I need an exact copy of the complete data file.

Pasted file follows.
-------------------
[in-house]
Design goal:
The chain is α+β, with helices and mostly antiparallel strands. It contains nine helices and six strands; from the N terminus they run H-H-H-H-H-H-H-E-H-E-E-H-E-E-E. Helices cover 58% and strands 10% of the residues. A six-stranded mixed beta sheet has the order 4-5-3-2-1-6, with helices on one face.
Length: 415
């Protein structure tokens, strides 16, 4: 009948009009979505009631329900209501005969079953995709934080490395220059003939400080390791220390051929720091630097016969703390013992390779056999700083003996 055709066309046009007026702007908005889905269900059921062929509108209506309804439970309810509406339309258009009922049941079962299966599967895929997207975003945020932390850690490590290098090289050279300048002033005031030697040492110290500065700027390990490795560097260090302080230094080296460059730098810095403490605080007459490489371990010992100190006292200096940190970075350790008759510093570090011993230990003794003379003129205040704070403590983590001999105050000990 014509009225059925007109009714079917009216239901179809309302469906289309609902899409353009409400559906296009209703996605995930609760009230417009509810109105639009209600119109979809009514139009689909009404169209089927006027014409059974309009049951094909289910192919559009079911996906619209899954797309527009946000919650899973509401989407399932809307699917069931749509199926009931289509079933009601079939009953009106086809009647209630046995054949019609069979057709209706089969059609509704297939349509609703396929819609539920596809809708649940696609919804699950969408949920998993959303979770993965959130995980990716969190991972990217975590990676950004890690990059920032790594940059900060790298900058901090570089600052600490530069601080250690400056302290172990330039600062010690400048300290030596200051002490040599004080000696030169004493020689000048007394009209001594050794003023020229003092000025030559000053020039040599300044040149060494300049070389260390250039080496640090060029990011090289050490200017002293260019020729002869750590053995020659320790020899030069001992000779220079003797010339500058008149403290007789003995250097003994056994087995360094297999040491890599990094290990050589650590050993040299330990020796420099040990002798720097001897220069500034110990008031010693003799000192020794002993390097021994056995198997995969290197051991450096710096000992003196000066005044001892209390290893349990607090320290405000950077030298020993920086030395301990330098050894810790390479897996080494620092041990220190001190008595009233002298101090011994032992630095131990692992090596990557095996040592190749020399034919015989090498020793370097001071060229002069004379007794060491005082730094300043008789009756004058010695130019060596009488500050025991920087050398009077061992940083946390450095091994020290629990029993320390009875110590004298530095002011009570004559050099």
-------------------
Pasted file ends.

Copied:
[in-house]
Design goal:
The chain is α+β, with helices and mostly antiparallel strands. It contains nine helices and six strands; from the N terminus they run H-H-H-H-H-H-H-E-H-E-E-H-E-E-E. Helices cover 58% and strands 10% of the residues. A six-stranded mixed beta sheet has the order 4-5-3-2-1-6, with helices on one face.
Length: 415
């Protein structure tokens, strides 16, 4: 009948009009979505009631329900209501005969079953995709934080490395220059003939400080390791220390051929720091630097016969703390013992390779056999700083003996 055709066309046009007026702007908005889905269900059921062929509108209506309804439970309810509406339309258009009922049941079962299966599967895929997207975003945020932390850690490590290098090289050279300048002033005031030697040492110290500065700027390990490795560097260090302080230094080296460059730098810095403490605080007459490489371990010992100190006292200096940190970075350790008759510093570090011993230990003794003379003129205040704070403590983590001999105050000990 014509009225059925007109009714079917009216239901179809309302469906289309609902899409353009409400559906296009209703996605995930609760009230417009509810109105639009209600119109979809009514139009689909009404169209089927006027014409059974309009049951094909289910192919559009079911996906619209899954797309527009946000919650899973509401989407399932809307699917069931749509199926009931289509079933009601079939009953009106086809009647209630046995054949019609069979057709209706089969059609509704297939349509609703396929819609539920596809809708649940696609919804699950969408949920998993959303979770993965959130995980990716969190991972990217975590990676950004890690990059920032790594940059900060790298900058901090570089600052600490530069601080250690400056302290172990330039600062010690400048300290030596200051002490040599004080000696030169004493020689000048007394009209001594050794003023020229003092000025030559000053020039040599300044040149060494300049070389260390250039080496640090060029990011090289050490200017002293260019020729002869750590053995020659320790020899030069001992000779220079003797010339500058008149403290007789003995250097003994056994087995360094297999040491890599990094290990050589650590050993040299330990020796420099040990002798720097001897220069500034110990008031010693003799000192020794002993390097021994056995198997995969290197051991450096710096000992003196000066005044001892209390290893349990607090320290405000950077030298020993920086030395301990330098050894810790390479897996080494620092041990220190001190008595009233002298101090011994032992630095131990692992090596990557095996040592190749020399034919015989090498020793370097001071060229002069004379007794060491005082730094300043008789009756004058010695130019060596009488500050025991920087050398009077061992940083946390450095091994020290629990029993320390009875110590004298530095002011009570004559050099």